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Serena perseveres to triumph

Serena Williams holds the trophy following her women's singles final victory.  
 (Associated Press / The Spokesman-Review)
Serena Williams holds the trophy following her women's singles final victory. (Associated Press / The Spokesman-Review)
John Pye Associated Press

MELBOURNE, Australia – Serena Williams beat top-ranked Lindsay Davenport 2-6, 6-3, 6-0 in the Australian Open final today, making a stirring comeback after injuring her back in the opening game.

Williams stretched her winning streak at Melbourne Park to 14 matches and captured her seventh Grand Slam singles title, ending an 18-month drought without one.

She beat sister Venus to win the final here two years ago – when the Williams sisters were at the top of women’s tennis – but couldn’t defend the title last year because of a knee injury.

The seventh-seeded Williams, who fended off three match points in her semifinal win over Maria Sharapova on Thursday, made a dramatic comeback after needing a medical timeout in the first set for what a trainer initially described as a rib injury.

“Lindsay had me on the run. My back went out – I’m not as young as I used to be,” Williams said. “Eventually I was able to come back.”

Coming to grips with a series of injuries and the shooting death of her sister, Yetunde Price, in September 2003, had been hard enough, Williams said, without having to face persistent questions about “What’s wrong with the Williams sisters?”

“There’s nothing wrong with us,” she said Saturday. “We’re still players to beat.”

Williams said regaining the Australian title was the start of a resurgence: “This gives me confidence.”

Davenport, who won the last of her three Grand Slam titles here in 2000 and hadn’t been in the final of a major since the 2000 U.S. Open, won only eight points in the third set.

After Davenport’s backhand landed long on match point, Williams dropped to one knee and raised both arms in the air.

She held up her index finger, showing she’s No. 1, before walking over to her entourage in the crowd and slapping hands with her mother, Oracene, and Australian hitting partner Mark Hlawaty.

Davenport, who lost in the women’s double final Friday afternoon, said Williams was too strong in the end.

“She’s had a tough couple of years, but she’s come back like the champion she is,” Davenport said.

Davenport raced to a 4-0 lead after 11 minutes in the first set, breaking Williams’ serve in the first and third games.

Williams’ serve was well down on her usual speed in the first set and Davenport was making the most of it, smacking some aggressive winners on return.

Williams appeared to be favoring her right side each time she hit the ball and, after holding serve for the first time in the fifth game, called for the trainer.

The trainer gave Williams treatment on her back at the side of the court before the treatment continued outside the arena during an 8-minute break.

Williams had a break point in the sixth game but Davenport held and then served out in the ninth, closing the first set with a service winner. Williams’ just got to the serve on her backhand side, screaming “Ouch!” as she missed with a lunging shot.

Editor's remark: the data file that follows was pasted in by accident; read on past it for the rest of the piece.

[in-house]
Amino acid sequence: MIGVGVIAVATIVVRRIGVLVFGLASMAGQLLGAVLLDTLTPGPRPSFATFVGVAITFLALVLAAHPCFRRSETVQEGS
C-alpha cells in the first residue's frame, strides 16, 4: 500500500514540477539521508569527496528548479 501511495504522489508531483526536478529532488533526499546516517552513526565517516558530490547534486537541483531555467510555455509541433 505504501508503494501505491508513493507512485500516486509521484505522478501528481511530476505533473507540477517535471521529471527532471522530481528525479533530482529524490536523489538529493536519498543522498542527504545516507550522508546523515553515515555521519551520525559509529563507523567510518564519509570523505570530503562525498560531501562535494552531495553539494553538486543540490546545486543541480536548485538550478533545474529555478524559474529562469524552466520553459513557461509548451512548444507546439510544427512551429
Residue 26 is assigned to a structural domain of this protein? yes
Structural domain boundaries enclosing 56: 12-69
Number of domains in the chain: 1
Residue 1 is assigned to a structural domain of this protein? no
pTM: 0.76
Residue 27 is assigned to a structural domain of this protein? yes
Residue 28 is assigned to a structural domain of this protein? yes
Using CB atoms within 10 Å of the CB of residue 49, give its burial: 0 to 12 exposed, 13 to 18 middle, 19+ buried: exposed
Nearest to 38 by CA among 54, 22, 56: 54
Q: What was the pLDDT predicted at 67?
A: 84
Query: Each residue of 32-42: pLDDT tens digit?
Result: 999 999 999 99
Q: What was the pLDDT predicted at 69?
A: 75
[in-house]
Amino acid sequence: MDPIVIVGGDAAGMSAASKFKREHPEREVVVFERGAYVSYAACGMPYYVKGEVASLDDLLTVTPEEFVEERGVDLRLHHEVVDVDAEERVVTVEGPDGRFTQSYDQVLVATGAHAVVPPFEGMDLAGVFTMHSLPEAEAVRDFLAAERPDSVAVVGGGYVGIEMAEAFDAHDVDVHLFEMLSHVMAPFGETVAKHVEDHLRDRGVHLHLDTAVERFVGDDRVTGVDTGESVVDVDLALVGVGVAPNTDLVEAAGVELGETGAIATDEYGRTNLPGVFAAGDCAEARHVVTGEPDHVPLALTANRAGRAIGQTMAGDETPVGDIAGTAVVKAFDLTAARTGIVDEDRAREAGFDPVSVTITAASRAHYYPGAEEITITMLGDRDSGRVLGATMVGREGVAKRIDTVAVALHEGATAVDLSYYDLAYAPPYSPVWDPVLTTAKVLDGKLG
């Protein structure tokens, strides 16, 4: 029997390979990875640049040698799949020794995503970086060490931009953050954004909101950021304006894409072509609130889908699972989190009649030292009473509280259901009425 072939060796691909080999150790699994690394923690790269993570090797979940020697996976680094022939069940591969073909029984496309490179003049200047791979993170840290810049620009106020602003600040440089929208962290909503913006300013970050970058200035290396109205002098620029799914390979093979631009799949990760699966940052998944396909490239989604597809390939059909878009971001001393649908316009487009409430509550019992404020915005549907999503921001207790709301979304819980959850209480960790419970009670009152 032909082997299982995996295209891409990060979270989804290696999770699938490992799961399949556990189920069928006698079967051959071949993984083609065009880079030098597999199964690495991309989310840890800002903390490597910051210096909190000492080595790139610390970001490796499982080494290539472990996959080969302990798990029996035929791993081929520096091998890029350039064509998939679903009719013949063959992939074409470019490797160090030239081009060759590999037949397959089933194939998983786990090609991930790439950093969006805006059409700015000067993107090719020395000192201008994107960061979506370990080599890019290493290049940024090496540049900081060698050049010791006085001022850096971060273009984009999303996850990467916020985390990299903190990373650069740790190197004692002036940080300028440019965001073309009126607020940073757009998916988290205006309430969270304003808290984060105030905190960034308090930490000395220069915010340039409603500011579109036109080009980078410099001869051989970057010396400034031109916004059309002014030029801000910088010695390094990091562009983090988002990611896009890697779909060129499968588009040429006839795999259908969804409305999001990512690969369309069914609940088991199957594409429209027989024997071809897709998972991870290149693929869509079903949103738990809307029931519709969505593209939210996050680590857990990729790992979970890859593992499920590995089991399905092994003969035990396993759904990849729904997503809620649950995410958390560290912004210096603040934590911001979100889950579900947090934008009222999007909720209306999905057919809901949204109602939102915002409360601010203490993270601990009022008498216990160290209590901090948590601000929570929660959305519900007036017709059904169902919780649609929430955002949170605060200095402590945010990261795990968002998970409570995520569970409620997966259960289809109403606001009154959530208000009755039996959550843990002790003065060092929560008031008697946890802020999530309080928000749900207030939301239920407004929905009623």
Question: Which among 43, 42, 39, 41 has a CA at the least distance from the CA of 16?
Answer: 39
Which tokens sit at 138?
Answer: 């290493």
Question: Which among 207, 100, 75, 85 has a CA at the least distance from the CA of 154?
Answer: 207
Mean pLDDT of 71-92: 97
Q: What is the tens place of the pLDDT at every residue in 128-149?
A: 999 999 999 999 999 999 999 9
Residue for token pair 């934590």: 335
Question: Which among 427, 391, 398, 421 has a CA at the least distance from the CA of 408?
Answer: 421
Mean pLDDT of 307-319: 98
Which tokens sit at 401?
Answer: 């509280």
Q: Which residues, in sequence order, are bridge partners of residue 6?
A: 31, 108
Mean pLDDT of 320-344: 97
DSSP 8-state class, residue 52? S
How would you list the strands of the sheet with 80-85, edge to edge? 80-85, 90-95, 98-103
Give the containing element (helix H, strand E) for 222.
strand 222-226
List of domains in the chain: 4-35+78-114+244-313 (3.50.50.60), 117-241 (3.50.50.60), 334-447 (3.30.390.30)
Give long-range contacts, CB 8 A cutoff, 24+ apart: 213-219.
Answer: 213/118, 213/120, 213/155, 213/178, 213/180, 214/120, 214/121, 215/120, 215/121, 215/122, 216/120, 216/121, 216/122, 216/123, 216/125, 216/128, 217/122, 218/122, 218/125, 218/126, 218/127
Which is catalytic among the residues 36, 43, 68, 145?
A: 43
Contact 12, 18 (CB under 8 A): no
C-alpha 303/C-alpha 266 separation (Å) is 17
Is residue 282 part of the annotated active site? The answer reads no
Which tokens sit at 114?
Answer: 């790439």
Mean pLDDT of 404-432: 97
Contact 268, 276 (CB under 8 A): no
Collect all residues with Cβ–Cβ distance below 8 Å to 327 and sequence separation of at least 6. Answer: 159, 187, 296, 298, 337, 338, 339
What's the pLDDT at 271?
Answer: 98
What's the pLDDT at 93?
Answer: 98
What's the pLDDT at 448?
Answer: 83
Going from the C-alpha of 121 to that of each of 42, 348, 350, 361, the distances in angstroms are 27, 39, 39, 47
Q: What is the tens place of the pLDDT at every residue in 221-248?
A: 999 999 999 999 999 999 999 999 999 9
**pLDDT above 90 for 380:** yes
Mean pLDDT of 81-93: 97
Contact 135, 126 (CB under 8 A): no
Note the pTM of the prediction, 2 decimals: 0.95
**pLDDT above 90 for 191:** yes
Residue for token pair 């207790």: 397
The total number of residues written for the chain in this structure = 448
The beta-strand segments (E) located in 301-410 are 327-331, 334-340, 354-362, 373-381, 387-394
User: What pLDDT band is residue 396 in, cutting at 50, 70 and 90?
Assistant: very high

After fending off six break points to hold the fifth game of the second set, Williams’ body language changed.

“I kept thinking ‘I’m not losing this game – I don’t care if my arm falls off,’ ” she said.

She twice appeared on the brink of smashing her racket, but held her composure and hung onto the game.

She held her next service game at love, and then converted her first break point of the set – after Davenport had game point at 40-0 – for a 5-3 lead.

That was the game Davenport regretted the most.

“I felt like I was playing well and in control pretty much of the match,” she said. “Then I just had that horrible lapse, I think serving up 40-0, and made a few errors and opened up the door for her and she just kept going through it.

“At the end I think I was a little bit fatigued. But she took advantage of it and kept going – she’s a great front-runner when she gets going.”

Williams won nine consecutive points to end the second set.

She committed just three unforced errors in the deciding set and her first-serve percentage jumped to 80 percent.

Steady morning rain forced the roof at Rod Laver Arena to be closed for the 10th all-American women’s final in the Australian Open.

On Friday, Australia’s Lleyton Hewitt reached Sunday’s men’s final with a 3-6, 7-6 (3), 7-6 (4), 6-1 win over second-ranked Andy Roddick.

Hewitt will play Marat Safin, who is in his third final in four years at Melbourne Park but is yet to win one, after the Russian ended Roger Federer’s 26-match winning streak in the semifinals.

Roddick was up a break in the third set against Hewitt and eyeing a second Grand Slam singles title.

Distracted by an outburst of singing by a heckler, Roddick gave Hewitt a look at a slower second serve and the Aussie smacked a forehand winner down the line. Roddick lost his rhythm.

Hewitt pulled back the break in that seventh game on Roddick’s consecutive double-faults and went on to become the first Australian man into the national championship decider since Pat Cash lost in 1988. An Australian man hasn’t won the Open final since Mark Edmondson in 1976.

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